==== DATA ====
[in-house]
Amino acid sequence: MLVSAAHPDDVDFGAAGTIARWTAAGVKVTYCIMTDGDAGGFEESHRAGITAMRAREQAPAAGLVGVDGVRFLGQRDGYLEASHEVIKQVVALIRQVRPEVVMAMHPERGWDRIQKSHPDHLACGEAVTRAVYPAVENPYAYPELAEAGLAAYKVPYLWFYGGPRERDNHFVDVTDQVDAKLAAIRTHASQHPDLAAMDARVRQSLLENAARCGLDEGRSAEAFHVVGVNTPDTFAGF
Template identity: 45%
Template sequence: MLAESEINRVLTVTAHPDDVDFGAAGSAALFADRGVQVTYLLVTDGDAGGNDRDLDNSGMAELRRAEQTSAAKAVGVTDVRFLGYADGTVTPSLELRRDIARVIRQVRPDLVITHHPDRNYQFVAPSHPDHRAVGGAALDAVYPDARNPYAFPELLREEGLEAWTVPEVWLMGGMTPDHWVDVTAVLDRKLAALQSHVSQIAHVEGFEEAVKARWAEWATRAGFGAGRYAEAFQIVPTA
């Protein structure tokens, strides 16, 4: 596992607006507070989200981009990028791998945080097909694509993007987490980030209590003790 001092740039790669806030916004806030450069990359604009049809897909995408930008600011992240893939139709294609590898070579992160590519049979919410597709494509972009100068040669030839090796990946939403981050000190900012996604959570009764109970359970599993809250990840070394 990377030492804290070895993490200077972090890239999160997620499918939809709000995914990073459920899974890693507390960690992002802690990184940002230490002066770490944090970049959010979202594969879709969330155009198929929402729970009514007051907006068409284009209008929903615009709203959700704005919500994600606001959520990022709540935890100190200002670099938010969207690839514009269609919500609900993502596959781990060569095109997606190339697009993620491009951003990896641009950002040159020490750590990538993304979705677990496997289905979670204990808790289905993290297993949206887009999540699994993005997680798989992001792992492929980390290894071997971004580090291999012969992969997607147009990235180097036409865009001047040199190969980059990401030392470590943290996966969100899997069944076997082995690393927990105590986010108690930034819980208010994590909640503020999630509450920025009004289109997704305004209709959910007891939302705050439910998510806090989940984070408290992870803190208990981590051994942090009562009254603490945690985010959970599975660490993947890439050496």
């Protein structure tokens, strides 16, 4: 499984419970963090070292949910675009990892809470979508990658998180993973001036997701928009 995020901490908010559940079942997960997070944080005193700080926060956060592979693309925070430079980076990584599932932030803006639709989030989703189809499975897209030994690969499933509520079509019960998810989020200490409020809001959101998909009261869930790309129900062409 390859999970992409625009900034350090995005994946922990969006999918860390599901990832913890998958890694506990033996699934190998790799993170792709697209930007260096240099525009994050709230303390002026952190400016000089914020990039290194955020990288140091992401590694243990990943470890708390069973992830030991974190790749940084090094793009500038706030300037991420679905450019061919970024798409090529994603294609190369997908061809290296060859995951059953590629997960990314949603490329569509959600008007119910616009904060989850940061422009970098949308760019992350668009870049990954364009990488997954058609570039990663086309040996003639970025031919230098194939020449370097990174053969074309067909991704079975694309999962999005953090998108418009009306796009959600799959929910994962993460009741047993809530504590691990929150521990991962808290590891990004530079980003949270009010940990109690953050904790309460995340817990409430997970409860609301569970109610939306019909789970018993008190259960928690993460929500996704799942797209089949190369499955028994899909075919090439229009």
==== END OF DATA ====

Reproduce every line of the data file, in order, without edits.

[in-house]
Amino acid sequence: MLVSAAHPDDVDFGAAGTIARWTAAGVKVTYCIMTDGDAGGFEESHRAGITAMRAREQAPAAGLVGVDGVRFLGQRDGYLEASHEVIKQVVALIRQVRPEVVMAMHPERGWDRIQKSHPDHLACGEAVTRAVYPAVENPYAYPELAEAGLAAYKVPYLWFYGGPRERDNHFVDVTDQVDAKLAAIRTHASQHPDLAAMDARVRQSLLENAARCGLDEGRSAEAFHVVGVNTPDTFAGF
Template identity: 45%
Template sequence: MLAESEINRVLTVTAHPDDVDFGAAGSAALFADRGVQVTYLLVTDGDAGGNDRDLDNSGMAELRRAEQTSAAKAVGVTDVRFLGYADGTVTPSLELRRDIARVIRQVRPDLVITHHPDRNYQFVAPSHPDHRAVGGAALDAVYPDARNPYAFPELLREEGLEAWTVPEVWLMGGMTPDHWVDVTAVLDRKLAALQSHVSQIAHVEGFEEAVKARWAEWATRAGFGAGRYAEAFQIVPTA
């Protein structure tokens, strides 16, 4: 596992607006507070989200981009990028791998945080097909694509993007987490980030209590003790 001092740039790669806030916004806030450069990359604009049809897909995408930008600011992240893939139709294609590898070579992160590519049979919410597709494509972009100068040669030839090796990946939403981050000190900012996604959570009764109970359970599993809250990840070394 990377030492804290070895993490200077972090890239999160997620499918939809709000995914990073459920899974890693507390960690992002802690990184940002230490002066770490944090970049959010979202594969879709969330155009198929929402729970009514007051907006068409284009209008929903615009709203959700704005919500994600606001959520990022709540935890100190200002670099938010969207690839514009269609919500609900993502596959781990060569095109997606190339697009993620491009951003990896641009950002040159020490750590990538993304979705677990496997289905979670204990808790289905993290297993949206887009999540699994993005997680798989992001792992492929980390290894071997971004580090291999012969992969997607147009990235180097036409865009001047040199190969980059990401030392470590943290996966969100899997069944076997082995690393927990105590986010108690930034819980208010994590909640503020999630509450920025009004289109997704305004209709959910007891939302705050439910998510806090989940984070408290992870803190208990981590051994942090009562009254603490945690985010959970599975660490993947890439050496």
């Protein structure tokens, strides 16, 4: 499984419970963090070292949910675009990892809470979508990658998180993973001036997701928009 995020901490908010559940079942997960997070944080005193700080926060956060592979693309925070430079980076990584599932932030803006639709989030989703189809499975897209030994690969499933509520079509019960998810989020200490409020809001959101998909009261869930790309129900062409 390859999970992409625009900034350090995005994946922990969006999918860390599901990832913890998958890694506990033996699934190998790799993170792709697209930007260096240099525009994050709230303390002026952190400016000089914020990039290194955020990288140091992401590694243990990943470890708390069973992830030991974190790749940084090094793009500038706030300037991420679905450019061919970024798409090529994603294609190369997908061809290296060859995951059953590629997960990314949603490329569509959600008007119910616009904060989850940061422009970098949308760019992350668009870049990954364009990488997954058609570039990663086309040996003639970025031919230098194939020449370097990174053969074309067909991704079975694309999962999005953090998108418009009306796009959600799959929910994962993460009741047993809530504590691990929150521990991962808290590891990004530079980003949270009010940990109690953050904790309460995340817990409430997970409860609301569970109610939306019909789970018993008190259960928690993460929500996704799942797209089949190369499955028994899909075919090439229009």